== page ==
Flutes of Fancy
Put a little sparkle in your Valentine's Day.
On Valentine's Day, when glasses clink, thoughts float to romance. A sexy-colored liquid whispers sweet somethings to lovers gazing over brimming goblets, priming them for whatever might arise. It's no wonder wine flies off the shelves during February.
And sparkling wine only amplifies the emotions. It makes us giddy with youthful energy; causes us to say sappy things and (sometimes) mean them; magnifies amorous feelings; and makes everything taste that much better. It's pretty amazing how a thoughtfully chosen bottle of bubbly can increase the pleasure of a simple Valentine's meal tenfold, whether ten or ten thousand dollars. Remember that on holidays ordained for romantic expression, it really is the thought that counts.
For many people, rosé Champagne is the quintessential Valentine's Day offering, enticing for its tiny stars floating to the top, soft color, and rarity. To attain the famous pink color, a small amount of pinot noir wine is added at the blending stage after the first fermentation. Because it's scarce, rosés are pricier than most sparklers. If the "thought" is what you're going for, plenty of white and rosé sparklers are available at reasonable prices, especially those from outside of France's Champagne region. Look for "Cava" (Spain), "Prosecco" (Italy), "Cremant" (France, outside of Champagne), and "Spumante" (sweet from Italy) -- all words for sparkling wine in other countries. Another note: a vintage-dated sparkling wine is not necessarily better than nonvintage. If it has no date listed on the bottle, it only means the winemaker blended wines from two or more years to produce an often more complex wine.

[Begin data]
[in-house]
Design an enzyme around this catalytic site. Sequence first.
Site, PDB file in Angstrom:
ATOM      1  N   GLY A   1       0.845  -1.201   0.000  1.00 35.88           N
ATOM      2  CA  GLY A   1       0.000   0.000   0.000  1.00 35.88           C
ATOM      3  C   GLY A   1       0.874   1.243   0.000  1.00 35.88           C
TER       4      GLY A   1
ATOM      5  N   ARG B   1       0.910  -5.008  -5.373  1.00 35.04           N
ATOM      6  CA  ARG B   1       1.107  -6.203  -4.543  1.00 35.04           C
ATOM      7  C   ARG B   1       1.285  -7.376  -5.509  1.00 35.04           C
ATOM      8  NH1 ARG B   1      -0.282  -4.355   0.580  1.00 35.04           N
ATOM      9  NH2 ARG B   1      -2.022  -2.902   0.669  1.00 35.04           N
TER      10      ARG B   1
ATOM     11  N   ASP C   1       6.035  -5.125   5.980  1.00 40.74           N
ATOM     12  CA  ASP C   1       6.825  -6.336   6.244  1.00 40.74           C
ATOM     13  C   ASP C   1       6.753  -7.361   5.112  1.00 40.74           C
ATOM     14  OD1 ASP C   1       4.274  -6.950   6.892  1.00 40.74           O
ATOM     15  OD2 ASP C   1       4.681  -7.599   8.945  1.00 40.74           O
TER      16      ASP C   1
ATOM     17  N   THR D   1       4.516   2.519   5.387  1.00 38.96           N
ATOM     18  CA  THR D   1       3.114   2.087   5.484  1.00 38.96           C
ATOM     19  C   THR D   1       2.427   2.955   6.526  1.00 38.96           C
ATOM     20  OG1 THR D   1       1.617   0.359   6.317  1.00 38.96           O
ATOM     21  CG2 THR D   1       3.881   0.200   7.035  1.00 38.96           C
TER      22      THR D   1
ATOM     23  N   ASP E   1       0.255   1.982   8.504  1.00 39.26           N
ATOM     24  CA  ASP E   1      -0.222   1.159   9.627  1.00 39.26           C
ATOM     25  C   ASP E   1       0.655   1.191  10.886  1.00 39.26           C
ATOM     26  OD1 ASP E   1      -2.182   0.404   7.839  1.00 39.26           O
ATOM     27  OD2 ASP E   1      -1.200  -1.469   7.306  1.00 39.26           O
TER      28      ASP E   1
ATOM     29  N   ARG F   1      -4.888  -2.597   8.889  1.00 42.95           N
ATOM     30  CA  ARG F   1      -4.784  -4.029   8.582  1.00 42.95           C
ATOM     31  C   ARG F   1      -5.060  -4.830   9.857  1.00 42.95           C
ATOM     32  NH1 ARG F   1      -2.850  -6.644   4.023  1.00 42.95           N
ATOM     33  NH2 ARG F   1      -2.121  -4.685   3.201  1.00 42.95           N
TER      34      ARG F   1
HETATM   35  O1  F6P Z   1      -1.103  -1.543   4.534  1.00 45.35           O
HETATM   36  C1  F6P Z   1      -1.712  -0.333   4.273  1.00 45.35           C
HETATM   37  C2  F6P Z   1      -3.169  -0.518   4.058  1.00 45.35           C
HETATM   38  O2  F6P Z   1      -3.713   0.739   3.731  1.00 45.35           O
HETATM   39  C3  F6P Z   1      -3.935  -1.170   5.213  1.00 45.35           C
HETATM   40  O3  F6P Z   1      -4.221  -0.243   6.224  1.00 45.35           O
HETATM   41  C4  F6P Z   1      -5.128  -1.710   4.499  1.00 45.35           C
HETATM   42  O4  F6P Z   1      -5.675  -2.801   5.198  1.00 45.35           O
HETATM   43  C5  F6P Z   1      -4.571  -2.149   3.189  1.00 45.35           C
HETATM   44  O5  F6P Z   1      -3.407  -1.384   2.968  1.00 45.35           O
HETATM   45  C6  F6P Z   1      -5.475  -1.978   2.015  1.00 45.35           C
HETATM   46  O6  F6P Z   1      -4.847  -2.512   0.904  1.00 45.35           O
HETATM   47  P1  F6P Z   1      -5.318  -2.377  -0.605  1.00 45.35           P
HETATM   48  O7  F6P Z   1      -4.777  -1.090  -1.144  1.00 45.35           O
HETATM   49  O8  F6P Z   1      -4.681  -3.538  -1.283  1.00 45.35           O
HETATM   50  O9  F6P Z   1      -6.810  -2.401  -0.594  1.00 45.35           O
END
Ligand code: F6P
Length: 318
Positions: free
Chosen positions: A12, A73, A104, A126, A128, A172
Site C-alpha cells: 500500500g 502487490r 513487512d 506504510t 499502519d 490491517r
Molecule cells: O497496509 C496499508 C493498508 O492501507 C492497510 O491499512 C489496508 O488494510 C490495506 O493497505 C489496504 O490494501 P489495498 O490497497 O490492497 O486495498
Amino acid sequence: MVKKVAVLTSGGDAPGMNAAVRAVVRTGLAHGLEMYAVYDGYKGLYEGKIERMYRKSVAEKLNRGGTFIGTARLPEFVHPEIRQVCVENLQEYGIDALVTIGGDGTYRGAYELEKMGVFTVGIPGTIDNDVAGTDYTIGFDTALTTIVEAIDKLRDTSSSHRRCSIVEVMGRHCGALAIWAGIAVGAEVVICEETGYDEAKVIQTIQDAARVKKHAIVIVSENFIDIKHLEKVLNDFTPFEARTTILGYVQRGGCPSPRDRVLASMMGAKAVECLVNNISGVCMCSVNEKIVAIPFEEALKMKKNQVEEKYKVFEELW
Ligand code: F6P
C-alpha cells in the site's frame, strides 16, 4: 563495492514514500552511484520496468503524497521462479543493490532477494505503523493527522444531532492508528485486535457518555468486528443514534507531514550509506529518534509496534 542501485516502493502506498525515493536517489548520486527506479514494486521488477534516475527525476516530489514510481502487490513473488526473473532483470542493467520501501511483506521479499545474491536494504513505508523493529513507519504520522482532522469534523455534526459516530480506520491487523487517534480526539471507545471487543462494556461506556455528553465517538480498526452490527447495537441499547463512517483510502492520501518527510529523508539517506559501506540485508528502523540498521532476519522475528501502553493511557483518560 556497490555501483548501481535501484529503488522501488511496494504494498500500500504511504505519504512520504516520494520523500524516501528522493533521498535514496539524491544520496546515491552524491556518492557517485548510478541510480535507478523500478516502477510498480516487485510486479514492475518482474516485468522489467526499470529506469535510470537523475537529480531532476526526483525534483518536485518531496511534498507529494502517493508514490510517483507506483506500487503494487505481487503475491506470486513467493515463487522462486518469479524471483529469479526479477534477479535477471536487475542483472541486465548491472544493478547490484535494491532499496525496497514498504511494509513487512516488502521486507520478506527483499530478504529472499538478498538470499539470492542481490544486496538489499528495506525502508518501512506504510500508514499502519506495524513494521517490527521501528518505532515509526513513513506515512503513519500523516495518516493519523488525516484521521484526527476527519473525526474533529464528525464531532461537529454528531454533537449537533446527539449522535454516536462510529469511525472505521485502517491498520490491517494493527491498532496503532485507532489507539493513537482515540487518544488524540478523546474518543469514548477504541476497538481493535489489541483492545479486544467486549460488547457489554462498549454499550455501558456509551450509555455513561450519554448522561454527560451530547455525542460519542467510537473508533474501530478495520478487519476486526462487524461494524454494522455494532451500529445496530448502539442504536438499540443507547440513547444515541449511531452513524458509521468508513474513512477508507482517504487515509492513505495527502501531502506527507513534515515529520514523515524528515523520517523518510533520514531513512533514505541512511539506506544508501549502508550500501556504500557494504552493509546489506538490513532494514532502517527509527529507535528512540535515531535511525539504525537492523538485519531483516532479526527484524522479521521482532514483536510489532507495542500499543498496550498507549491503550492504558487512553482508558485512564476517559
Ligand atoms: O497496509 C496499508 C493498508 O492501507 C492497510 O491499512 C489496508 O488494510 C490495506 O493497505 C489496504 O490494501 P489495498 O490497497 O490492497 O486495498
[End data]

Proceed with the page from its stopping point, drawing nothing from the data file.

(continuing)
If your sweetie likes it sweet, look for labels listing "Extra Dry," a wine that is, ironically enough, sweeter than the drier Brut. "Demi Sec" (translation: half dry) is the sparkler that drinks like dessert.
But why wine's romantic reputation? There are plenty of theories, but one is that society crafted it so. Wine descriptors are rife with tactile romantic adjectives like silky, smooth, and velvety, and winemakers are treated as artists since they pour their heart and soul into each bottle. No other edible item reflects its producer's personality as much as a bottle of wine. But perhaps wine has earned its romantic reputation based on what it delivers: That ultra-relaxed, open-to-anything feeling -- like falling in love.
So whether you're creating a meal for that special someone, or treating him/her to a night on the town, remember it's not the price that counts, it's the love in the bottle (or in the couple).